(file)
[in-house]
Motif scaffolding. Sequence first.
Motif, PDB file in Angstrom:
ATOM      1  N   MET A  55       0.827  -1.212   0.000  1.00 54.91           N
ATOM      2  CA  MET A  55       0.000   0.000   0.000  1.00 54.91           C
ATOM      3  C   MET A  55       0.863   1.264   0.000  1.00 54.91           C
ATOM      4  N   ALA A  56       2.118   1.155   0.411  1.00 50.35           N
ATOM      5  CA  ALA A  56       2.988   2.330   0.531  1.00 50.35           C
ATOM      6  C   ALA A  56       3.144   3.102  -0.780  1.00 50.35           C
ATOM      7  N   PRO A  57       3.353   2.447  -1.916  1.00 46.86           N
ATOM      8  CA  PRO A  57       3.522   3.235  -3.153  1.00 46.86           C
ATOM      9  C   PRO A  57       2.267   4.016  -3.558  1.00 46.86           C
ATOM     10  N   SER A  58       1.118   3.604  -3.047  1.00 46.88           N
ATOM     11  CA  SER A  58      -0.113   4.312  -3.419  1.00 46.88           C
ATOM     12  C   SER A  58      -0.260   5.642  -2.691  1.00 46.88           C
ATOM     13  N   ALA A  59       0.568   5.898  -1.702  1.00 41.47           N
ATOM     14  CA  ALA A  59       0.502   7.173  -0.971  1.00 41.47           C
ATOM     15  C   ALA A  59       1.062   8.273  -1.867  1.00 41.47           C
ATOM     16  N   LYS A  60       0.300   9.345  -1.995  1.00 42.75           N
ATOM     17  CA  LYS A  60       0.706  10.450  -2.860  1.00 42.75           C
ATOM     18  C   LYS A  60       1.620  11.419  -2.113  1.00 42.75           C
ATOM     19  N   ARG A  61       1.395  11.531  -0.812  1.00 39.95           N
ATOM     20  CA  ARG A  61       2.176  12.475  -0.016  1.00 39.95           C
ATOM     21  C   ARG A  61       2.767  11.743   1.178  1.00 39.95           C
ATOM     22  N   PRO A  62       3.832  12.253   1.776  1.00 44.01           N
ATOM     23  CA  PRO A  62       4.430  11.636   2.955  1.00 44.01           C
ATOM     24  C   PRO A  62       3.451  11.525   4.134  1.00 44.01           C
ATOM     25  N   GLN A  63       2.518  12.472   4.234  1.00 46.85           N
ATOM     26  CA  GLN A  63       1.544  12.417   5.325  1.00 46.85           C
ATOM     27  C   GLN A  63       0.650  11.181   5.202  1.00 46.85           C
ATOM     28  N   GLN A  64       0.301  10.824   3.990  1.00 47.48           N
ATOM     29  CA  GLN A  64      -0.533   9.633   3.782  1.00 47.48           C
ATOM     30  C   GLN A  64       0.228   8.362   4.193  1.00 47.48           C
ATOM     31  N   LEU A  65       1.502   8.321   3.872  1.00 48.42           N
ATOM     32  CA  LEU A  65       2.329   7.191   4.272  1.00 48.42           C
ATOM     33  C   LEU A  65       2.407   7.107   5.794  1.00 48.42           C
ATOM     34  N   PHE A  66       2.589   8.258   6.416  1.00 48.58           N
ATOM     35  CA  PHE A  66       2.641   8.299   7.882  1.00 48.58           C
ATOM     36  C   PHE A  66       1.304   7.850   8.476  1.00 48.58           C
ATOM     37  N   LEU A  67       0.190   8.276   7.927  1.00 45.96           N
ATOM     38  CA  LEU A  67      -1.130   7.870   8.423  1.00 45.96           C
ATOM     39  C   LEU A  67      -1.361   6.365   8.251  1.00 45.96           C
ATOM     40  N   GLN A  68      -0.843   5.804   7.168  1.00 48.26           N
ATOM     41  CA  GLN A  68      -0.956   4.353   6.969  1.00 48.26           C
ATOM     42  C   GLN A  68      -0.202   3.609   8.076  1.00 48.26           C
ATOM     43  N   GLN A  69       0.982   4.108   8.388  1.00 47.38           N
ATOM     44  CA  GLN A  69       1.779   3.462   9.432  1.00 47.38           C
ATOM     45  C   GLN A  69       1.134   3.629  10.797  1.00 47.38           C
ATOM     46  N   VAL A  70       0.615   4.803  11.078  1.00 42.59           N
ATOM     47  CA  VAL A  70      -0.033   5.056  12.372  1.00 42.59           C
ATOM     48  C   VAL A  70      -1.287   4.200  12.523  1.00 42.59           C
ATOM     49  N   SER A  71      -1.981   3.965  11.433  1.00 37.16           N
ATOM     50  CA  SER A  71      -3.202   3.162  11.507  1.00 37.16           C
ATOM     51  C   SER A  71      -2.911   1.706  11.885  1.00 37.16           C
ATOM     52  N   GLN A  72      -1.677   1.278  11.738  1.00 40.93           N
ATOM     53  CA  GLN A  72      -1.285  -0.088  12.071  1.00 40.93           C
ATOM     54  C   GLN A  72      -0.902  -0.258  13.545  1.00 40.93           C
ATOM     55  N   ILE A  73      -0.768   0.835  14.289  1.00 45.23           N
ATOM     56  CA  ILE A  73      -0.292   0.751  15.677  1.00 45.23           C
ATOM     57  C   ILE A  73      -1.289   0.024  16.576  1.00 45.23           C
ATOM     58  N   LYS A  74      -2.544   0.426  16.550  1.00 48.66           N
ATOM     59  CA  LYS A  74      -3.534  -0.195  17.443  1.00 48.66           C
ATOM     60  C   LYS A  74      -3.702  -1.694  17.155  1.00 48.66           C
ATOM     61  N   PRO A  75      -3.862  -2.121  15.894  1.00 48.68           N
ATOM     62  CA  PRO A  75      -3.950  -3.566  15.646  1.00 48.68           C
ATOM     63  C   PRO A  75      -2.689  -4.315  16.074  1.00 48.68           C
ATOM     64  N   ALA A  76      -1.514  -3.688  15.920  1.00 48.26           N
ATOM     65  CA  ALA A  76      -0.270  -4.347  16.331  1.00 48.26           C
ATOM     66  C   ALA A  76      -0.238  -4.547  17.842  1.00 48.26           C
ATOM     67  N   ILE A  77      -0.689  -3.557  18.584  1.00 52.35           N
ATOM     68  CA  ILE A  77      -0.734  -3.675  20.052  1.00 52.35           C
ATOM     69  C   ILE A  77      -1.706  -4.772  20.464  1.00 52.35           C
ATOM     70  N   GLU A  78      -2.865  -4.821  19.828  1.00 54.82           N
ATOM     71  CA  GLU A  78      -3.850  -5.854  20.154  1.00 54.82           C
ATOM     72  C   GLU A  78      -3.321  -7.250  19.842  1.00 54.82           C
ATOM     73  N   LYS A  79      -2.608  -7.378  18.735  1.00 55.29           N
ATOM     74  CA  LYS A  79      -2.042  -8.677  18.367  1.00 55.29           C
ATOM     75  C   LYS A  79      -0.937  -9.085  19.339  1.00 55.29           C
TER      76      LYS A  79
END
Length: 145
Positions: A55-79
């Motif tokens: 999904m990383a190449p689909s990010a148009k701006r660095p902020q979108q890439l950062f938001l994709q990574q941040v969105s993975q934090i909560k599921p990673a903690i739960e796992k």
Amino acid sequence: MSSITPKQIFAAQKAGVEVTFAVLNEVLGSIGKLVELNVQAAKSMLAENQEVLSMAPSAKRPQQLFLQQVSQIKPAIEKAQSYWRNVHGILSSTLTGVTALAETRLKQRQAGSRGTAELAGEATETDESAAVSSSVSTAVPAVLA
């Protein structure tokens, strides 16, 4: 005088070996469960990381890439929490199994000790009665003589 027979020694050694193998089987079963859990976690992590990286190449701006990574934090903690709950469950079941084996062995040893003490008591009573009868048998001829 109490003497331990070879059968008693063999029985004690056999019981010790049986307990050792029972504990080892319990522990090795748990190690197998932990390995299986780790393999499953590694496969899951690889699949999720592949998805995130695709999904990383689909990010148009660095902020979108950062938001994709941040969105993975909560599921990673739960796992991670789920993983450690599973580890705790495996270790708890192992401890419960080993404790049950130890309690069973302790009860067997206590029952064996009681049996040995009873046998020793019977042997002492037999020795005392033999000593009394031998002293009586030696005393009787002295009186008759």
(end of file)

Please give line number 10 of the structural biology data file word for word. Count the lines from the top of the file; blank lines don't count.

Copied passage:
ATOM      7  N   PRO A  57       3.353   2.447  -1.916  1.00 46.86           N